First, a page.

1. morphghost
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    morphghost New Member

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    Character With No Motives?

    Discussion in 'Character Development' started by morphghost, Mar 20, 2016.

    I have a real life enemy who hates me for no known reason. Many people including myself have asked her why she hates me and wants to see me and only me miserable and her reply is always "because I have no real reason. I just love seeing him miserable." Knowing this has given me the idea of an antagonist. The problem I encountered when developing this character and her hatred for the protagonist is that she has no actual motive as to why she targets this specific person and why she aims to make his life truly miserable. I know (from personal experience) that such a person is called a bully and bullies do have motives behind their dominance of power. Regardless, the real life person and her fictional counterpart are similar in having "no real reason" to hate this particular person.

    In contrast, I had a discussion with my writing mentor and she said that all characters must have a "why" that drives their every action in the story. I wasn't able to ask her if some real life situations, such as a person with no real motive, can be included in the novel without problems. Ergo my question.

    Can a character, even a main character, have absolutely no reason or motive behind what they do and the story remains sensible and comprehensible?
     
  2. NomNomKing123
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    NomNomKing123 New Member

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    I think a character can have no motives. Whether the fictional character's motives are entirely nonexistent, or if they just aren't told to the reader makes a difference. If i were reading a story like this i would think that the character may be insane, have some mental problem or issues in their past. I can't really think of many people like this, who are cruel or hate someone for NO reason at all. Every case i can think of the person has some hidden reasons or they are just plain crazy.

    If you haven't read/watched George R. R. Martin's A Game of Thrones series, this will be of no use to you. In the story, a character named Ramsay is incredibly cruel some people for no apparent reason, aside from him obviously being a sadistic freak who tortures people beyond recognition and treats them like animals. (He also likes raping people)

    I think in this story it could be possible to have the person hate another for no reason, however there would probably be questions as to why. If the "bully" is clearly not insane, there may be useless theories among readers that the "bully" has a secret motive, or something to that effect.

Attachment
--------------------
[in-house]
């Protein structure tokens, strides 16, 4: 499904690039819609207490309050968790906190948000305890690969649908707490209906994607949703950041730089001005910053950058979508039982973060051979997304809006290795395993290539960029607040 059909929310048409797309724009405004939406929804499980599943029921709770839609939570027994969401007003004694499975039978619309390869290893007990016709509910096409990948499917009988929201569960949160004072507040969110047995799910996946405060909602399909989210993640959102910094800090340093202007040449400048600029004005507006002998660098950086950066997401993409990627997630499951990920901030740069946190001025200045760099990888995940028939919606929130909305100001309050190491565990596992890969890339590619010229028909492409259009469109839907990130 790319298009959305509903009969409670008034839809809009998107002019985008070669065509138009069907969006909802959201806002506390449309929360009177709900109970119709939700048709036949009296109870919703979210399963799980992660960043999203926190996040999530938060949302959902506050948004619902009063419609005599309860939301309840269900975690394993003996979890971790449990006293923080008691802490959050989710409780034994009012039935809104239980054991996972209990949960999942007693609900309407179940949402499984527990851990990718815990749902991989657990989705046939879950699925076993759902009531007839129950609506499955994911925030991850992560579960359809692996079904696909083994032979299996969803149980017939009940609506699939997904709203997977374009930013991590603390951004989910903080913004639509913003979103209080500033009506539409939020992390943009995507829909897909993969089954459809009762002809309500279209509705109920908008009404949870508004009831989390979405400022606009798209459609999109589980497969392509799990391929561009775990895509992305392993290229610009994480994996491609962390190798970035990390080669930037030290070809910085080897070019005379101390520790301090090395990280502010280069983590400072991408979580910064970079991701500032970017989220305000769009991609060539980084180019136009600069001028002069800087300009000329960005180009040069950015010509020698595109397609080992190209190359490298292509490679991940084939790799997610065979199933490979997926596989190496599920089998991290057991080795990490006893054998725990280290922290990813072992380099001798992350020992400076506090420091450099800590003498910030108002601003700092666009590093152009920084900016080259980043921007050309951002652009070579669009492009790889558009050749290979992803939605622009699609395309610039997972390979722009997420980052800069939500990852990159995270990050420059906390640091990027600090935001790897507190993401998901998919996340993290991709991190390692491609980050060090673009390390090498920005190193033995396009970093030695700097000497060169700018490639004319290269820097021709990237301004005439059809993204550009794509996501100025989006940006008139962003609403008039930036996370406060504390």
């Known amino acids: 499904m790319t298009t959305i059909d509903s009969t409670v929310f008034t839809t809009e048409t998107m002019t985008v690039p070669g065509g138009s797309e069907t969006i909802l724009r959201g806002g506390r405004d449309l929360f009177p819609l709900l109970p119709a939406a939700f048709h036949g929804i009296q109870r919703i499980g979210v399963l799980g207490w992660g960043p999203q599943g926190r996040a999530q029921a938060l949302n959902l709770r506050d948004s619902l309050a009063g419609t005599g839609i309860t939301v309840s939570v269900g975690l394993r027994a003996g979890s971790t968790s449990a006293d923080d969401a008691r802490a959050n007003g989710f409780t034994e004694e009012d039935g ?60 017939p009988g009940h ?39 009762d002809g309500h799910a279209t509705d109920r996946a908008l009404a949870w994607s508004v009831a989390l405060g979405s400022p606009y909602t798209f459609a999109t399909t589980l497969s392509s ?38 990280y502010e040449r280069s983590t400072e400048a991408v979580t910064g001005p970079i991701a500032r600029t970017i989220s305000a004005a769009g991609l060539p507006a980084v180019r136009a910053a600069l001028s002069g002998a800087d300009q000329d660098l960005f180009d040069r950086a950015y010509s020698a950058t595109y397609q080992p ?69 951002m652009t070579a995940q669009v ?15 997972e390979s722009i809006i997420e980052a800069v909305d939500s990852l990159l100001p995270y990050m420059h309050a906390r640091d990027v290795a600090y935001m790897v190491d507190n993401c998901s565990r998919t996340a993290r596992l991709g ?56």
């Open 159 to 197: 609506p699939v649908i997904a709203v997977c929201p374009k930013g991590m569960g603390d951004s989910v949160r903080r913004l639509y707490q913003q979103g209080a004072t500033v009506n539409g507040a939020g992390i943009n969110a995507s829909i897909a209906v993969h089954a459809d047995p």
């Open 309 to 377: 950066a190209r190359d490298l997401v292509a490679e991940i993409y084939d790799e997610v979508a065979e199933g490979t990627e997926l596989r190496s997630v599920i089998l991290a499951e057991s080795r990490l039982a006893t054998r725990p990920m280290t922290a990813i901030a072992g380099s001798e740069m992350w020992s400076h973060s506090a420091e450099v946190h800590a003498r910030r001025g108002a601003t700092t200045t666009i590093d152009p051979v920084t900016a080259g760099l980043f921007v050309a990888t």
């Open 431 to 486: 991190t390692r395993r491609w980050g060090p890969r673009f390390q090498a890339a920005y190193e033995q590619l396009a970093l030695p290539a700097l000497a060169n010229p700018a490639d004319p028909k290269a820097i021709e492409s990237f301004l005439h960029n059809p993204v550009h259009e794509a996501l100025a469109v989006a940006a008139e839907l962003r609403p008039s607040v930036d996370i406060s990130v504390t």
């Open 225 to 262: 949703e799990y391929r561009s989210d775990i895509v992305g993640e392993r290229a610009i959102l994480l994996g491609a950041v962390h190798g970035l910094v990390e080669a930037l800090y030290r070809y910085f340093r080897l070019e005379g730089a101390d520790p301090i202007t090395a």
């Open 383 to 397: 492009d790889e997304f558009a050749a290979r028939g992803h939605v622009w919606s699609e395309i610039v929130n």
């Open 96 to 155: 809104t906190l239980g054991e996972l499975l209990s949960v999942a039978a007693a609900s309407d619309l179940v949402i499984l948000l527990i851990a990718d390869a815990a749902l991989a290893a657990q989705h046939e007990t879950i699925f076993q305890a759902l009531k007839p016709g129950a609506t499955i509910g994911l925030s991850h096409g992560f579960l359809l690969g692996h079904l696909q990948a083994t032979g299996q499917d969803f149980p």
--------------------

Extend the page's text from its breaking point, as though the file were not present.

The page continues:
In my own WIP story, most of my antagonists have some sort of motive, whether it be out of hatred, out of love, or even for political purposes.

    In short i think it is perfectly fine to have an antagonist with no motives at all. (not even unknown/secret motives) However, there could be issues, particularly with the resolution of the story. It would essentially eliminate a final confrontation between the Pro and Antagonist, because they would have nothing to talk about.
    For example, if the antagonist is about to die or is confronted by the protagonist, what will s/he tell the protagonist? If there is no reason behind the motives, i can see a plot hole forming.
     
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  3. morphghost
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    morphghost New Member

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    Much like the real life enemy doesn't want me to get fired because she would then have no way of having that satisfaction of seeing me so miserable, the character doesn't want the protagonist dead for the same reason: the antagonist wants to see the pro live a miserable life to the point the pro begs for death and the antagonist deprives them of such wishes. (Probably the cruelest thing a person can do to another, in my opinion.) I do see the ultimate climax having the protagonist kill himself along with the antagonist as somewhat of an equal justice. While the antagonist doesn't want the protagonist dead for obvious reasons, the protagonist wants to rid their life of the antagonist but has decided to go down with her since she essentially destroyed his life and his will to live. The only redemption he has beside death is to kill her along with himself.
     
  4. ChickenFreak
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    ChickenFreak Contributing Member Contributor

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    I don't agree that your bully has no motive. It's just that the motive may have nothing to do with YOU. If a person gets joy from hurting people, and they look around and randomly pick THAT person, then they have a motive--the motive is the sadism, the joy of hurting a person over a sustained period. The only reason that it has to be a particular person is because they already started "working" on that person, so if they move on to someone else, they'll have to do a bunch of work to hurt them just as much.

    So I don't believe no-motive. I do believe that the motive can be initially impersonal.
     
  5. Oscar Leigh
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    Oscar Leigh Contributing Member

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    There's also quite likely a frustration letting of their own insecurities or pains. It's common among bullies.
     
  6. WriterMMS
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    WriterMMS Member

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    Everyone has a motive for what they do, whether they realize it or not.

    plus what you posted is a motive, she gets off on your suffering.
     
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  7. Red Herring
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    Red Herring Member